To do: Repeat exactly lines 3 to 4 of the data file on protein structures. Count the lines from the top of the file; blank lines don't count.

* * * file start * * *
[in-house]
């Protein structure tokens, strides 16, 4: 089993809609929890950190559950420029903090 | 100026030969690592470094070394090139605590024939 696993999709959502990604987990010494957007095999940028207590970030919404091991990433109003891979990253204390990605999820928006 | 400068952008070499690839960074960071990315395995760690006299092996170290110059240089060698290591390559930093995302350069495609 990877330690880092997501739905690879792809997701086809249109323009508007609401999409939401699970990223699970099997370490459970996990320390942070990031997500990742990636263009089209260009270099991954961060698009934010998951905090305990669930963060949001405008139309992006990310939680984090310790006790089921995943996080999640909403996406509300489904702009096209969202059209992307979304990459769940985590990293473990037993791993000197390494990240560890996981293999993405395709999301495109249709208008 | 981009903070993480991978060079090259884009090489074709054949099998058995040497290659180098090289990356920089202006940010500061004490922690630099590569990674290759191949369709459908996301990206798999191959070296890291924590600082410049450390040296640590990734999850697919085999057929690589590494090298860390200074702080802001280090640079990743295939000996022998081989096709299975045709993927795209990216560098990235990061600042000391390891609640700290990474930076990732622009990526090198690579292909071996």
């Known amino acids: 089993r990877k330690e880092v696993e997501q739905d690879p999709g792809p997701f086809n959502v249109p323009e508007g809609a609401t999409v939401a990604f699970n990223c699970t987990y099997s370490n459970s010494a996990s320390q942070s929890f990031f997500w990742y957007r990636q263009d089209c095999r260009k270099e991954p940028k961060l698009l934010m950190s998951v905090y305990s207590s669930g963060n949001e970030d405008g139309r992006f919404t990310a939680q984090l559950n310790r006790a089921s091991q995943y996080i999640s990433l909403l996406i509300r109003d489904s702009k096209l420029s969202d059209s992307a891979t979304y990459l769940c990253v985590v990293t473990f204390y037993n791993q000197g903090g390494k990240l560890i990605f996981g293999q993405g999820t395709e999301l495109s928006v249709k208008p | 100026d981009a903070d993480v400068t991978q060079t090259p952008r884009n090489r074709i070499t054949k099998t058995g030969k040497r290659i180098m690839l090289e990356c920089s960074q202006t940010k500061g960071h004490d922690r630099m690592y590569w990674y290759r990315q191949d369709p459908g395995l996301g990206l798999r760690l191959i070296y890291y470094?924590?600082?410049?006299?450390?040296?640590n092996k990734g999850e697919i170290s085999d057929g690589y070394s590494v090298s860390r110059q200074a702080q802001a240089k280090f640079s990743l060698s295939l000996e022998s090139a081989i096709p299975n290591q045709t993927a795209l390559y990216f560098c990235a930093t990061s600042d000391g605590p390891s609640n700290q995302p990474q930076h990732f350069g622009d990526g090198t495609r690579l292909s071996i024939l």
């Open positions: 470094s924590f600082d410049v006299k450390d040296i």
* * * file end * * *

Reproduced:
């Known amino acids: 089993r990877k330690e880092v696993e997501q739905d690879p999709g792809p997701f086809n959502v249109p323009e508007g809609a609401t999409v939401a990604f699970n990223c699970t987990y099997s370490n459970s010494a996990s320390q942070s929890f990031f997500w990742y957007r990636q263009d089209c095999r260009k270099e991954p940028k961060l698009l934010m950190s998951v905090y305990s207590s669930g963060n949001e970030d405008g139309r992006f919404t990310a939680q984090l559950n310790r006790a089921s091991q995943y996080i999640s990433l909403l996406i509300r109003d489904s702009k096209l420029s969202d059209s992307a891979t979304y990459l769940c990253v985590v990293t473990f204390y037993n791993q000197g903090g390494k990240l560890i990605f996981g293999q993405g999820t395709e999301l495109s928006v249709k208008p | 100026d981009a903070d993480v400068t991978q060079t090259p952008r884009n090489r074709i070499t054949k099998t058995g030969k040497r290659i180098m690839l090289e990356c920089s960074q202006t940010k500061g960071h004490d922690r630099m690592y590569w990674y290759r990315q191949d369709p459908g395995l996301g990206l798999r760690l191959i070296y890291y470094?924590?600082?410049?006299?450390?040296?640590n092996k990734g999850e697919i170290s085999d057929g690589y070394s590494v090298s860390r110059q200074a702080q802001a240089k280090f640079s990743l060698s295939l000996e022998s090139a081989i096709p299975n290591q045709t993927a795209l390559y990216f560098c990235a930093t990061s600042d000391g605590p390891s609640n700290q995302p990474q930076h990732f350069g622009d990526g090198t495609r690579l292909s071996i024939l």
């Open positions: 470094s924590f600082d410049v006299k450390d040296i």